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Posts Tagged ‘interactivity’

I’ve just seen the Facebook film, The Social Network. It works. It shouldn’t, because we all know the story: guy invents Facebook, transforms human self-understanding, and makes a few billion in the process. But it does. Partly because the lesser known sub-plot is turned into the main narrative arc: did he steal the idea and dump on his friends? And partly because the heart of the story, the genesis of Facebook, is such a significant moment for our culture (and perhaps for human history), that it would mesmerise a cinema audience no matter how badly filmed.

It’s Stanley Kubrick trying to film the emergence of human consciousness at the beginning of 2001: A Space Odyssey.

It’s more a screenplay than a film. I had to concentrate so hard on the dialogue and the ideas that I hardly took in the visuals. This is classic Aaron Sorkin, whose West Wing scripts have more words per minute and ideas per episode than anything else on TV in recent years.

I’m also a fan of Ben Mezrich, who wrote the novel on which the screenplay is based. I read his Bringing Down the House a few years ago, a great holiday read about how a team of MIT geeks took their card-counting skills to Vegas and beat the casinos. And it’s true.

Anyway. Go and see the film. It’s a great story and a great cast, directed with unobtrusive style by David Fincher. And I don’t think I’m exaggerating when I say that it captures one of those rare historical moments, that we have actually lived through, when our understanding of what it is to be human shifts quite significantly.

It’s too easy to talk about geography (“First we lived on farms, then we lived in cities; now we live on the internet”). We could have ‘lived on the internet’, even with the interactivity of Web 2.0, without it changing our understanding of ourselves. The same people, but with more information and quicker methods of exchanging it. Facebook has turned us inside out. We used to learn and think and search in order to be more authentically or more happily ourselves. We learnt in order to live. Now we create semi-virtual selves which can exist in a semi-virtual world where others are learning and thinking and searching. We live in order to connect.

But even this doesn’t capture it properly, because people have been connecting for millennia, and at least since EM Forster’s Howards End. With Facebook we don’t just want to connect, we want to actually become that connectivity. We want to become the sum total of those friends, messages, events, applications, requests, reminders, notifications and feeds. Personhood has changed.

Two thousand years ago, through the incarnation, the Word became flesh. In our time, through the internet, the flesh became Facebook.

Time to switch off the computer.

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Every now and then you experience something completely new, a window into another world that you hadn’t anticipated, but one that may well become ordinary in a year or two. I’ve just been watching The Wilderness Downtown, an interactive and personalised ‘video’ that takes you back to the place you were born.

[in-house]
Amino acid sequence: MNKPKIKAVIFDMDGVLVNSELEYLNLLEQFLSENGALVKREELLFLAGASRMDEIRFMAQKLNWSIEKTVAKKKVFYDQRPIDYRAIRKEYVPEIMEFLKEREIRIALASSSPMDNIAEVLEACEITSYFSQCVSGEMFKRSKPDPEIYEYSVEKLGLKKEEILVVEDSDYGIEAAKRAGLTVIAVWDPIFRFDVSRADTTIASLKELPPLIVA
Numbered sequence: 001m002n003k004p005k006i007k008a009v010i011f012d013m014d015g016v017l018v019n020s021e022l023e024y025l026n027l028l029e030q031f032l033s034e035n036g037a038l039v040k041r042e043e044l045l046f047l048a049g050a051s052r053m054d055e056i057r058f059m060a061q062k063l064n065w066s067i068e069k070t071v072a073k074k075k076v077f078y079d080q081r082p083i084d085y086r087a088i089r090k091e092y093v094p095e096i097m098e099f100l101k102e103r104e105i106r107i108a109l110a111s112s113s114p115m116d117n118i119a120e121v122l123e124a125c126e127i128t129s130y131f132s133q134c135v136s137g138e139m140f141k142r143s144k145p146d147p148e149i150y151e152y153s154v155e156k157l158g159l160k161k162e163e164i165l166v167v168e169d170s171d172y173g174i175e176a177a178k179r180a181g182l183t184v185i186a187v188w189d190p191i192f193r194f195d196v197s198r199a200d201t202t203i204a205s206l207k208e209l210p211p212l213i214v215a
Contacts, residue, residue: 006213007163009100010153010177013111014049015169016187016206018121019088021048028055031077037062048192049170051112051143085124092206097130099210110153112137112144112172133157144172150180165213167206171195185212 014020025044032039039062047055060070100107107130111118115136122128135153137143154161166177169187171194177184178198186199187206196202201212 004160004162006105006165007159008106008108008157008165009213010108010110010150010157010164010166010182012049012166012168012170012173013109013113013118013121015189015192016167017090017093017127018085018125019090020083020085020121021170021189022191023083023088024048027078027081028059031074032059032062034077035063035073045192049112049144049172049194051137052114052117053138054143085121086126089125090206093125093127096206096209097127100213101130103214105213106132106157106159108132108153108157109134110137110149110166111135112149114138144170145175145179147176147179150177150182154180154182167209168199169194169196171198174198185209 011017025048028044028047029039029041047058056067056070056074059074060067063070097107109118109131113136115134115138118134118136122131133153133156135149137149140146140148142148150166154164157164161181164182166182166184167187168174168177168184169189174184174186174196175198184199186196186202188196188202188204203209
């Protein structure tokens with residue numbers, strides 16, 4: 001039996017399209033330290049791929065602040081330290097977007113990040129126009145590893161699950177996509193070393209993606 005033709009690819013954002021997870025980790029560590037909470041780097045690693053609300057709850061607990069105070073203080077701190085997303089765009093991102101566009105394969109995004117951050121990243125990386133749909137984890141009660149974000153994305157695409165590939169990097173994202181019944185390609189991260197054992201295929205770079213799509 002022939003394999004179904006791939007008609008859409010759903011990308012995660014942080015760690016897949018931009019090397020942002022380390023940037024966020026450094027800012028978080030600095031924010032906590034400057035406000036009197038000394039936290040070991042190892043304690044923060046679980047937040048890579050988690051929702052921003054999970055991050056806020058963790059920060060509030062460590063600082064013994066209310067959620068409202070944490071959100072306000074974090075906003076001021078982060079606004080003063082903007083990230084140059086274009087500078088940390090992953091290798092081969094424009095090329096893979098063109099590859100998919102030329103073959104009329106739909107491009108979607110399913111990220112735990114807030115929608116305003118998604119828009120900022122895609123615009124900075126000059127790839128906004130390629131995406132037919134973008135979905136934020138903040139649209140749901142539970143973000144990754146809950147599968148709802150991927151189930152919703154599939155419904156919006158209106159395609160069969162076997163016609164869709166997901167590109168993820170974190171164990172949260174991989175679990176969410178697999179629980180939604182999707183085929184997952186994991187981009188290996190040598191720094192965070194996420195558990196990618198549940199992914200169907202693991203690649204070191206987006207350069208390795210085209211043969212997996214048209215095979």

thewildernessdowntown.com

You type in your address or postcode and it weaves together music, film, animation and graphics with video images of your childhood home. It’s fantastic. (You need Google Chrome as a browser – it won’t work with Internet Explorer. Chrome is pretty good – I’ve been using it for a few months on my laptop; and it’s very easy to download.)

Still from Arcade Fire's viral video The Wilderness Downtown

Jemima Kiss explains:

It keeps crashing on me, but I’ve had enough of a blast to be inspired – it’s the heavenly Arcade Fire video built in collaboration with Google and director Chris Milk.

The Wilderness Downtown combines Arcade Fire’s We Used To Wait with some beautiful animation and footage – courtesy of Street View – of your childhood home – made all the more poignant for me because it was bulldozed a few years ago.

Thomas Gayno from Google’s Creative Labs described it on the Chrome Blog: “It features a mash-up of Google Maps and Google Street View withHTML5 canvas, HTML5 audio and video, an interactive drawing tool, and choreographed windows that dance around the screen. These modern web technologies have helped us craft an experience that is personalised and unique for each viewer, as you virtually run through the streets where you grew up.”

The Chrome Experiments blog explains each technique, including the flock of birds that respond to the music and mouse movements, created with the HTML5 Canvas 3D engine, film clips played in windows at custom sizes, thanks to HTML5, and various colour correction, drawing and animation techniques.

I’ve watched thousands of videos thanks to the curse of the viral video chart and nothing has come close to this for originality, imagination and for that inspired piece of personalised storytelling.

There’s plenty more inspiration on the Chrome Experiments blog; Bomomo is pretty slick, and Canopy is hypnotic.

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